Behind the Mic: What is Patrick Marleau thinking? (Bob’s Blog)

I think by now anyone who is interested in reading about the NHL post-season has probably heard about Jeremy Roenick calling Patrick Marleau “gutless.” (If not, you can watch it here.) While I don’t agree that he has been gutless, he certainly has been less than stellar in the post-season.

Last night, with the Sharks trailing 3-2 late in the second period (and down one game to zero), Marleau decides to drop the gloves and fight one of Vancouver’s toughest defensemen, Kevin Bieksa. Call me crazy, but I would think in an important playoff game you might want your regular season leading scorer to be on the ice.

Instead, he motivated the Sharks to surrender the next 5 goals, and eventually fall by a 7-3 score to the Canucks. Ouch.

Sure, fights can often times spark your team to start playing with an edge, but they have to be done at the right times. Usually, good times to fight do not include when a period is almost over, or when you are on the road and going to get beat by someone much tougher than you, or in the playoffs when you haven’t been in a fight in four years, or when you are (supposed to be) a goal scorer and you are losing by a goal in the playoffs… the list goes on.

As I detailed in my last blog about Stanley Cup champions, I discussed how past trends suggested the need for Marleau to produce like he did during the season. I’m sure he wanted to make an impact on the team, and his offensive struggles have probably made him frustrated. He needs to find a way to channel that into offensive production, not pulling himself out of the game for five minutes.

Enough bagging on Marleau though, he isn’t the entire problem. Despite having one more point, another anticipated Sharks goal scorer, Dany Heatley, has been far more invisible in the post-season. The Sharks need him, along with Joe Pavelski, to be the offensive threats we all know they can be or else Vancouver is going to make short work of the Sharks.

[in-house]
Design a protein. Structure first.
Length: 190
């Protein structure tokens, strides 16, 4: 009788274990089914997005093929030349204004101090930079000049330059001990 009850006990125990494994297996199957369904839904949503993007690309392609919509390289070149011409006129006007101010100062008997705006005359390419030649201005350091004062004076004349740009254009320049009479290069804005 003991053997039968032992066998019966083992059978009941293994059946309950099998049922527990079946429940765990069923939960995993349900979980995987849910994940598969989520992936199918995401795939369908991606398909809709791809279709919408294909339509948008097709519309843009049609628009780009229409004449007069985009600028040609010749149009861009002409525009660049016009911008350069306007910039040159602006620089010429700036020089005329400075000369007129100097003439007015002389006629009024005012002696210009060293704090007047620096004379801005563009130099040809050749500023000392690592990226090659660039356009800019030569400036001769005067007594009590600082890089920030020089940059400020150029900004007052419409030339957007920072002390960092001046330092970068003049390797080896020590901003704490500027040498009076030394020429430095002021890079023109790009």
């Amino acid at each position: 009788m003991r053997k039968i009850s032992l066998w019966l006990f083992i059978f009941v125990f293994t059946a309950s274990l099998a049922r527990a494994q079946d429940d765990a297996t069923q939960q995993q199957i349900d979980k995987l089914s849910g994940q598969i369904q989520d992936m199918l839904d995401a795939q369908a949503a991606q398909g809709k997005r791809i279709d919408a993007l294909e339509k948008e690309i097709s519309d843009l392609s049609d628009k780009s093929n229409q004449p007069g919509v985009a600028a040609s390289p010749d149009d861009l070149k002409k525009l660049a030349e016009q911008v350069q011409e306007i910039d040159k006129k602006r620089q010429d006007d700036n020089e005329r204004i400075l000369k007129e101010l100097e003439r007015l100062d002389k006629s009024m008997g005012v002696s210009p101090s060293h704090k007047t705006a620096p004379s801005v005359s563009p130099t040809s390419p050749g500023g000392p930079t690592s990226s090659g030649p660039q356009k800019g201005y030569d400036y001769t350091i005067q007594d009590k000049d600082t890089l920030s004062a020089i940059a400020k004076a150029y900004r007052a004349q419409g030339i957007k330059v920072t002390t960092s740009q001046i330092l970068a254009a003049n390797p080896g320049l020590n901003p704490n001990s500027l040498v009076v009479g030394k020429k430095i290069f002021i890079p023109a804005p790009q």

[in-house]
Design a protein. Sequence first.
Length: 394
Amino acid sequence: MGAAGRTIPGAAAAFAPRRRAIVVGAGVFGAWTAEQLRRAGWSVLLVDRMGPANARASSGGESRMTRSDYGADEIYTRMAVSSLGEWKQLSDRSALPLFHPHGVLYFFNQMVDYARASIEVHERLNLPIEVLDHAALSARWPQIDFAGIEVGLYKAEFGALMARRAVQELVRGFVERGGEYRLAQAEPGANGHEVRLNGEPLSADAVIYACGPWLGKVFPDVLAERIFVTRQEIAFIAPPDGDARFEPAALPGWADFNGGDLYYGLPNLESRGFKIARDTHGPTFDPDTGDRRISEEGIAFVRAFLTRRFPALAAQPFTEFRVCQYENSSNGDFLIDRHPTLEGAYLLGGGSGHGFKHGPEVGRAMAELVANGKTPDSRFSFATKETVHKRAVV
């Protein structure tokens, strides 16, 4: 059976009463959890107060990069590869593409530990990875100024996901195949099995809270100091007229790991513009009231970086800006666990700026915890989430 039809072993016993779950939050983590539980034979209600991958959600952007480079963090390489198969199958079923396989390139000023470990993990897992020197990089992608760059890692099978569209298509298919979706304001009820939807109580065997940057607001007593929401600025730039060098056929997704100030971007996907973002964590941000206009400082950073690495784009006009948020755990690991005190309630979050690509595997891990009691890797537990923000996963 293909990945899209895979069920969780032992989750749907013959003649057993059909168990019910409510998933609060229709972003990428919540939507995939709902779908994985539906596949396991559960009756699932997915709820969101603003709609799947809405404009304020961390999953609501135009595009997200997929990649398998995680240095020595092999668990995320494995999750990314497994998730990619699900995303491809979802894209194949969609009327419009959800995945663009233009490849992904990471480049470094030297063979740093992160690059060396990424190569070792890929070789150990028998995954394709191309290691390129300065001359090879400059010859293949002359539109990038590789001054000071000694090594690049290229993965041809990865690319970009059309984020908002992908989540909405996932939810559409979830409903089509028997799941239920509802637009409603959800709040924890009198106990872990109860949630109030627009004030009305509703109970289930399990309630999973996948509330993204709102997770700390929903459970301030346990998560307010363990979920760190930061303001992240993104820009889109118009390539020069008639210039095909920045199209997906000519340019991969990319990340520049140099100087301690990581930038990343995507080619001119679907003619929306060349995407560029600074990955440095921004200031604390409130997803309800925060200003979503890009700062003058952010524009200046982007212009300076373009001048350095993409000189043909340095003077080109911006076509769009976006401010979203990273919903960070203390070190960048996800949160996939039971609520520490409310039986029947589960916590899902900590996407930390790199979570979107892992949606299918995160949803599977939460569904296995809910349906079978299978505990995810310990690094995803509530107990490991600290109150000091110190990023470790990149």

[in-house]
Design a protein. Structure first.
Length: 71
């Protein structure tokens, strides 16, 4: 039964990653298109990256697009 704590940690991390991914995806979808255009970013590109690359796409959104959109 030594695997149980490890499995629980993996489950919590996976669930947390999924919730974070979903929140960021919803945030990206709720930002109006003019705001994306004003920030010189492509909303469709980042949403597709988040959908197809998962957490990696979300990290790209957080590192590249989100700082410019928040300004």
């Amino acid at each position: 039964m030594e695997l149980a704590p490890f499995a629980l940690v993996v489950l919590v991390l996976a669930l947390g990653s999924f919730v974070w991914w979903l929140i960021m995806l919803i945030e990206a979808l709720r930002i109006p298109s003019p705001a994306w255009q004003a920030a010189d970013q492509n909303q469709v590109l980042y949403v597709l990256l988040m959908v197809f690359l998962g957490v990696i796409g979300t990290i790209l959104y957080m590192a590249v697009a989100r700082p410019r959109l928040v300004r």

Antti Niemi has done little to help San Jose win games in this series, and he struggled at times against the Red Wings as well. People familiar with the Blackhawks run to the Stanley Cup last year are familiar with the up and down play of the netminder. While Niemi really stole the show against the Sharks and sparkled in the Western Conference Finals last year, his play has not been great in the first two games of the WCF this season, and they need him to be better. Niemi, as much as any other Shark, can be blamed for their third period meltdowns so far in the 2011 Stanley Cup Playoffs.

My analysis of the series so far: San Jose probably should have won Game 1. Yet another third period lead blown by San Jose. The Sharks looked average in the first period of Game 2, and then looked either tired or unmotivated for the rest of the game. Vancouver seems ready to blow by the Sharks.

However, you can’t count a team out in a playoff series until they lose a game at home. The Sharks could easily win both home games and bring the series back to a two-games-apiece tie. If Vancouver wins Game 3: Lookout. Two teams have already come back from 3-0 deficits this post-season, and I don’t expect that another one will do it.

Bob Mills is the Broadcasting and Media Relations Manager for the Condors, and part of the Broadcast team. He just completed his first season with the Condors. His blog will be posted every Thursday on

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